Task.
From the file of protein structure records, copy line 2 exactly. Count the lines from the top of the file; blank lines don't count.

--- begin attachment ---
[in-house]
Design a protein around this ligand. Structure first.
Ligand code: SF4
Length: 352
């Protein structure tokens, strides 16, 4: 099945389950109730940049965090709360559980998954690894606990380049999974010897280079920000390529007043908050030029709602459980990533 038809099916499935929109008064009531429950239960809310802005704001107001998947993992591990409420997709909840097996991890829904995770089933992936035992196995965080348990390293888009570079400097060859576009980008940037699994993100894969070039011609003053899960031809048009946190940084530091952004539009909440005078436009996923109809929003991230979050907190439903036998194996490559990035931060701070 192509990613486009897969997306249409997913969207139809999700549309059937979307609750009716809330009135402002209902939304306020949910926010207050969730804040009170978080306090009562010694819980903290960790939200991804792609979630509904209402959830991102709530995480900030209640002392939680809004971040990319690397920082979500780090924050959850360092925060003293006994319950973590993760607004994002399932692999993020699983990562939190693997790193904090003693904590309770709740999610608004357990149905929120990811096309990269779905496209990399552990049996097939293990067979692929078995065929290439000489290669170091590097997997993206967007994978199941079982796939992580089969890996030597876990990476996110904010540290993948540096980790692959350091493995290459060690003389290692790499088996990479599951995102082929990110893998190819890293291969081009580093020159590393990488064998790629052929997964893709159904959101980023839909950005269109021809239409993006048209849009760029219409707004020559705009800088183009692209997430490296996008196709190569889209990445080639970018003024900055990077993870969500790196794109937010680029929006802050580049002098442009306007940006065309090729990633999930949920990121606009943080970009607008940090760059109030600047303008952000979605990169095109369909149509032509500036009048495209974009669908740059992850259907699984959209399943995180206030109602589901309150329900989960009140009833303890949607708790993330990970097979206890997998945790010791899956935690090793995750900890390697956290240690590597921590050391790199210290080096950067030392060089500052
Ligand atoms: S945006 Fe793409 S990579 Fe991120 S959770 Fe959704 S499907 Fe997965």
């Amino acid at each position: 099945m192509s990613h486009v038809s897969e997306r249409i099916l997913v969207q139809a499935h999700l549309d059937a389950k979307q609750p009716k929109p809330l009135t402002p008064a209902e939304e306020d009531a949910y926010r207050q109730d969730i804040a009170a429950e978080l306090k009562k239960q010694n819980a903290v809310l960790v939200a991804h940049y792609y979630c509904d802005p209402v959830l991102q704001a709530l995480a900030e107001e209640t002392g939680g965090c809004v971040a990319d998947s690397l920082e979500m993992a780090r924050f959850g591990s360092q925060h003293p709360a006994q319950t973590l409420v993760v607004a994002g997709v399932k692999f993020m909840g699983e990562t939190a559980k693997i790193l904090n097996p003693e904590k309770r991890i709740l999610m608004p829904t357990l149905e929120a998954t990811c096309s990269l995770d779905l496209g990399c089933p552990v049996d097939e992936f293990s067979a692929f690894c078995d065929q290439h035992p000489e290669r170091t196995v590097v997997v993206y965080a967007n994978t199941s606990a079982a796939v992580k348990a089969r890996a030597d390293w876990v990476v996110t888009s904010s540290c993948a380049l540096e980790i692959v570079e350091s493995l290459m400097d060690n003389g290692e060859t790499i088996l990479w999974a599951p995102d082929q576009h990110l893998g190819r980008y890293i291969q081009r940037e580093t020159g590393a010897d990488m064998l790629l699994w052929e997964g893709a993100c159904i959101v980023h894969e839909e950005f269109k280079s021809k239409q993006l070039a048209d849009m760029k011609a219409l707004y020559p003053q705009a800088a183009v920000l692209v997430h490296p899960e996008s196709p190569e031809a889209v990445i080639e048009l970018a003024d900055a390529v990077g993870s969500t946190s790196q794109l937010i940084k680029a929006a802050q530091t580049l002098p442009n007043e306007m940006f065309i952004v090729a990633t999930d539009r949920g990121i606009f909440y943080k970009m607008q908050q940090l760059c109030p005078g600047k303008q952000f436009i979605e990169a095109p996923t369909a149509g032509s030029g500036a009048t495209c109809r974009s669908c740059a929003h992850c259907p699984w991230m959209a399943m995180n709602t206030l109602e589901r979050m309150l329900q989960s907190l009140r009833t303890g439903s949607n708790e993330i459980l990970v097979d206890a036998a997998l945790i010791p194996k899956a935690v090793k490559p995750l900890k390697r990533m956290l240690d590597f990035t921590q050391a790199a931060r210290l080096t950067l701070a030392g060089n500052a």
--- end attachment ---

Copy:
Design a protein around this ligand. Structure first.